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Angels & Demons (2009)

Sony Pictures Home Entertainment
Blu-ray Disc Released: 11/24/2009

All Ratings out of

Review by Mike Long, Posted on 11/25/2009

If you've seen the previous film in a series, watching a sequel should be pretty easy. You're already familiar with the characters and the situations, so "bam!" start the movie and off you go. (Not that watching a movie is particularly tough to begin with...unless that movie is Stan Helsing.) But, Angels & Demons was a different story. This sequel to the box-office smash The Da Vinci Code offered some unique challenges, none of which were related to the story or content.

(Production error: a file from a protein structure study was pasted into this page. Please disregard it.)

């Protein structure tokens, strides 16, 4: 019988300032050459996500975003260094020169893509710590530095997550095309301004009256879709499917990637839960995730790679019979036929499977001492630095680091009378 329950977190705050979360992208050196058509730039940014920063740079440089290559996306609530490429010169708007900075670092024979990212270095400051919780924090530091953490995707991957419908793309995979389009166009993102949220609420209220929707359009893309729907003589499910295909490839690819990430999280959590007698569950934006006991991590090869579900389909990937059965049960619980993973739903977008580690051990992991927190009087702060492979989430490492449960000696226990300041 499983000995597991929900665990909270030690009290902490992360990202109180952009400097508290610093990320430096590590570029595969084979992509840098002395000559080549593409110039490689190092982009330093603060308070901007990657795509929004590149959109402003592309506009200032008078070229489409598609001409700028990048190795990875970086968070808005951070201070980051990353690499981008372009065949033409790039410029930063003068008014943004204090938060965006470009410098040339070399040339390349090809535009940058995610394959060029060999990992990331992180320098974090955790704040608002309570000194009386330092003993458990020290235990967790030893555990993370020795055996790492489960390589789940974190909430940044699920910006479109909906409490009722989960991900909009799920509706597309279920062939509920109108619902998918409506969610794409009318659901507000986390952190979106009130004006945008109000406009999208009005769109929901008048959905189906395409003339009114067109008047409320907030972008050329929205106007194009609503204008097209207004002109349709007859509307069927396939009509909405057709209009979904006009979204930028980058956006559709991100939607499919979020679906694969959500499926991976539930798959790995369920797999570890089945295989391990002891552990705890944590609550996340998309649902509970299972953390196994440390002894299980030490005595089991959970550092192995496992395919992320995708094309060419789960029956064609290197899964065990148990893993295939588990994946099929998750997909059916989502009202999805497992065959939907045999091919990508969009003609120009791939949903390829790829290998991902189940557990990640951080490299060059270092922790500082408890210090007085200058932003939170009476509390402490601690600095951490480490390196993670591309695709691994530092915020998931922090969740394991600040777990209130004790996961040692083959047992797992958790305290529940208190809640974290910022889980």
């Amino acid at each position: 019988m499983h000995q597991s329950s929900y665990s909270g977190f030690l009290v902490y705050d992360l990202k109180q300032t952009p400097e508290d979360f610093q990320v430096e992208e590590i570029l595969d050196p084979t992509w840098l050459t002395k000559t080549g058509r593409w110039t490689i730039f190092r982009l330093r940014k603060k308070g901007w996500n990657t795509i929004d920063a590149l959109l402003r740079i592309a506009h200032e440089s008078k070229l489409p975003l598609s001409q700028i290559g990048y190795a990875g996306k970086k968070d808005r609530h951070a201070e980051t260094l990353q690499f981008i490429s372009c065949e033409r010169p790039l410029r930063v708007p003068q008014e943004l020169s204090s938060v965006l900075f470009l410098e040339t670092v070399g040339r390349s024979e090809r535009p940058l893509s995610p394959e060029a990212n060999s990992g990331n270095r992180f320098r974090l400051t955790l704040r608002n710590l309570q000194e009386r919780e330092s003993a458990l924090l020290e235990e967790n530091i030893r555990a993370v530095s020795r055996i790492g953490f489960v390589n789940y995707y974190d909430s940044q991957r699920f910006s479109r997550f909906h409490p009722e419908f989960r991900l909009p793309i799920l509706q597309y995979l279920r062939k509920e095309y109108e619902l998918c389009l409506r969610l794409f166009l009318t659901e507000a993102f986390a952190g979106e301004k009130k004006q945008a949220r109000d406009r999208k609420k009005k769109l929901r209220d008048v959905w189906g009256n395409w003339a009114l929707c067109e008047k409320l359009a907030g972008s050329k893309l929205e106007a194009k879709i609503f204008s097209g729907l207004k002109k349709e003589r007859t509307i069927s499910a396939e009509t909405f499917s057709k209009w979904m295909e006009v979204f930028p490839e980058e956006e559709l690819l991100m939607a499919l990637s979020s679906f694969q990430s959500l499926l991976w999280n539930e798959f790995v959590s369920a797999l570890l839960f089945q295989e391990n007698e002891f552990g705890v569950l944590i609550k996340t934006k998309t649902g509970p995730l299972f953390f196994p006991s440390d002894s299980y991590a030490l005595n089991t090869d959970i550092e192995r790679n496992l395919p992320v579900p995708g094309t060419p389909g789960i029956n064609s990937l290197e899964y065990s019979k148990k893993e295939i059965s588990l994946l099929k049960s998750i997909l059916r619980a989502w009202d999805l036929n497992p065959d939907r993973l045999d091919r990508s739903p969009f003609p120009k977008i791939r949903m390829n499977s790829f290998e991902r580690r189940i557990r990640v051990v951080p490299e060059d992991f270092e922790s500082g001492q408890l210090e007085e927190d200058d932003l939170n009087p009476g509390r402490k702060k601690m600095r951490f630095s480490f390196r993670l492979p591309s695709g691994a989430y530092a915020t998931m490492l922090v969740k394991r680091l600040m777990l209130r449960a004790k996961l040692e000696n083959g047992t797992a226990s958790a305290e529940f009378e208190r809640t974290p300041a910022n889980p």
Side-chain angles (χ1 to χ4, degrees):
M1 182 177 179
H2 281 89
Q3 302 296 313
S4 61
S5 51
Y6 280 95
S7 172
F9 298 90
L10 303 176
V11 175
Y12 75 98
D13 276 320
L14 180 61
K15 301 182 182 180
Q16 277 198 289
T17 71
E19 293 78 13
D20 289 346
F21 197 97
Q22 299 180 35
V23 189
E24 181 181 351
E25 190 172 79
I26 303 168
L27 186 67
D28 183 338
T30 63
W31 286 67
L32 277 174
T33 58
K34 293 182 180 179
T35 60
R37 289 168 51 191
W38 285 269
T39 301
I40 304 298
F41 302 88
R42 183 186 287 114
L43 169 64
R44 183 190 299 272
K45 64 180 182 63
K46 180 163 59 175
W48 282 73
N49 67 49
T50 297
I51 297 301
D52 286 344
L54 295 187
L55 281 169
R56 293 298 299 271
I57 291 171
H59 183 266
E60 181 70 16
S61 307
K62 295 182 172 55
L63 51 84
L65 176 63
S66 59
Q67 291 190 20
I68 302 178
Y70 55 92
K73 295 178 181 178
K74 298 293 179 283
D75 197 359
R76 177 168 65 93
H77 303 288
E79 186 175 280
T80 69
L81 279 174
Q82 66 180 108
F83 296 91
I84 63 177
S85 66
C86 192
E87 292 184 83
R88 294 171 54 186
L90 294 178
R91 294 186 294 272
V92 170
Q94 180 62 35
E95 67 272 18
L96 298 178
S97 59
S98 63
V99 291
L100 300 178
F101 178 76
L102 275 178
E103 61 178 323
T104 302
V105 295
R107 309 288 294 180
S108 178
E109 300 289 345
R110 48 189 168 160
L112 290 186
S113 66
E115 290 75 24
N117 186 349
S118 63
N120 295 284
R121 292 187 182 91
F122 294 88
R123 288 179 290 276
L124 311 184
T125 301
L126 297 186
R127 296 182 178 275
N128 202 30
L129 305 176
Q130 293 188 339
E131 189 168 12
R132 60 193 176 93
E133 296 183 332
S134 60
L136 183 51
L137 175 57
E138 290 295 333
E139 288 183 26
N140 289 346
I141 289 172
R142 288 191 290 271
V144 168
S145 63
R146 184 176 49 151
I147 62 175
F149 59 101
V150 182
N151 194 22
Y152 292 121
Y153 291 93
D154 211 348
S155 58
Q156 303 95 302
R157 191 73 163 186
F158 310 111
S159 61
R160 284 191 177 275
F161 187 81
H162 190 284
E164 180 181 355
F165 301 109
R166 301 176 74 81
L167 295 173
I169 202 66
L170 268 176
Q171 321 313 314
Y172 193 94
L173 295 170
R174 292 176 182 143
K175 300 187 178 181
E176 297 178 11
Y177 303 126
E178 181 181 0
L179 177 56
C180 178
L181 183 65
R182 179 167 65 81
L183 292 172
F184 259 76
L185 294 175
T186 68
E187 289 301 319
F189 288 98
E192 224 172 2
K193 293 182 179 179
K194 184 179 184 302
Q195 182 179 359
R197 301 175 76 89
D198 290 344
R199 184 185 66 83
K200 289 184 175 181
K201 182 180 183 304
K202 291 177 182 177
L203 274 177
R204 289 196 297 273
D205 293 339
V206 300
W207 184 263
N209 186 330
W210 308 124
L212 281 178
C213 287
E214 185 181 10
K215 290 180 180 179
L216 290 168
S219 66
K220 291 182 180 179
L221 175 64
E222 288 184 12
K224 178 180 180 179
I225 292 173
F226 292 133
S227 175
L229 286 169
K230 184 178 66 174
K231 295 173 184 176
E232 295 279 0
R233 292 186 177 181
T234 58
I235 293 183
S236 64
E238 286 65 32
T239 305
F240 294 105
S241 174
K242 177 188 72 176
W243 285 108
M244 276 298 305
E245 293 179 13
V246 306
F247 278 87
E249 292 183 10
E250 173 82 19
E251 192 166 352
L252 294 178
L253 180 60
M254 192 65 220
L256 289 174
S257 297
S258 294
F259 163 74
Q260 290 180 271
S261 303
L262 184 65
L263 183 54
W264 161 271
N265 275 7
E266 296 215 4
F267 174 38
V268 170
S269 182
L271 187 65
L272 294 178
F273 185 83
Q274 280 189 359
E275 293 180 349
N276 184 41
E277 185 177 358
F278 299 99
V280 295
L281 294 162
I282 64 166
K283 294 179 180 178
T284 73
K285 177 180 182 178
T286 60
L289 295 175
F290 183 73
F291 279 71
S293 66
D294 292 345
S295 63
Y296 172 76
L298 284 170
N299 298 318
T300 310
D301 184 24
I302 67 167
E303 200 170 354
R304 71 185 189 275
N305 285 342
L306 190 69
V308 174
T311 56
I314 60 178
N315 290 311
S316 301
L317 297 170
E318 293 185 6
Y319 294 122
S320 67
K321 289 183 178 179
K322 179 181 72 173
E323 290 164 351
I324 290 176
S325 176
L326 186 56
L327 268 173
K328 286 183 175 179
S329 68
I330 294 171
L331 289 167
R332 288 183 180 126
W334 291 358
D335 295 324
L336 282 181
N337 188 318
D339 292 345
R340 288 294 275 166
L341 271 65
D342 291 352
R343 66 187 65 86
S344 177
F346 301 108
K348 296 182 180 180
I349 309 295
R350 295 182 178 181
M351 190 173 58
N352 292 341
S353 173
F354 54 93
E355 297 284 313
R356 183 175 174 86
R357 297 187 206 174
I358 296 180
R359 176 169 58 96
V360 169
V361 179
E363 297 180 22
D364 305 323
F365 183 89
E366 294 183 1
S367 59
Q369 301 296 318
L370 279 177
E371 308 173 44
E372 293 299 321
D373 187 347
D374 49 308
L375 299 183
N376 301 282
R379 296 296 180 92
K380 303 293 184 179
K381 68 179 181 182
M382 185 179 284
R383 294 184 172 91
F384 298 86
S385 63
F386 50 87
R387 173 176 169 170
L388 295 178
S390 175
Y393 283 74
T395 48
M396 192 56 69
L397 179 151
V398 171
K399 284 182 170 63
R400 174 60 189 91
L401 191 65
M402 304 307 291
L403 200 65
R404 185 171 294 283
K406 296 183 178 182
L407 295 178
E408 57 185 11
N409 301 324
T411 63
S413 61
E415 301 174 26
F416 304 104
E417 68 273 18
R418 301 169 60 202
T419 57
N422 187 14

As Angels & Demons opens, the Pope has just died. As thousands of faithful Catholics mourn outside of The Vatican, the College of Cardinals convenes to select a new Pope. But, just as the meeting is about to begin, four Cardinals are kidnapped, and The Vatican authorities received word that an anti-matter bomb is somewhere in the vicinity. A representative is dispatched to retrieve symbologist Professor Robert Langdon (Tom Hanks) to assist in the case. Those responsible for the kidnapping and bomb-threat claim to be The Illuminati, an ancient sect who promoted science within the church. As Langdon has written a book on the group, and he's familiar with the Catholic Church, he is seen as the perfect expert for the situation. Langdon meets Commander Richter (Stellan Skarsgard) of The Swiss Guard (Vatican security), Camerlengo Patrick McKenna (Ewan McGregor), the former Pope's most trusted advisor, and Vittoria Vetra (Ayelet Zurer), a physicist who helped to create the stolen anti-matter used as the bomb. At first, Langdon is clearly out of his element, but he soon realizes that The Illuminati have laid out a series of clues based on the primary elements (earth, air, fire, water) and some famous churches in Rome. If Langdon can decipher these clues in time, the authorities may be able to rescue the Cardinals and stop the bomb.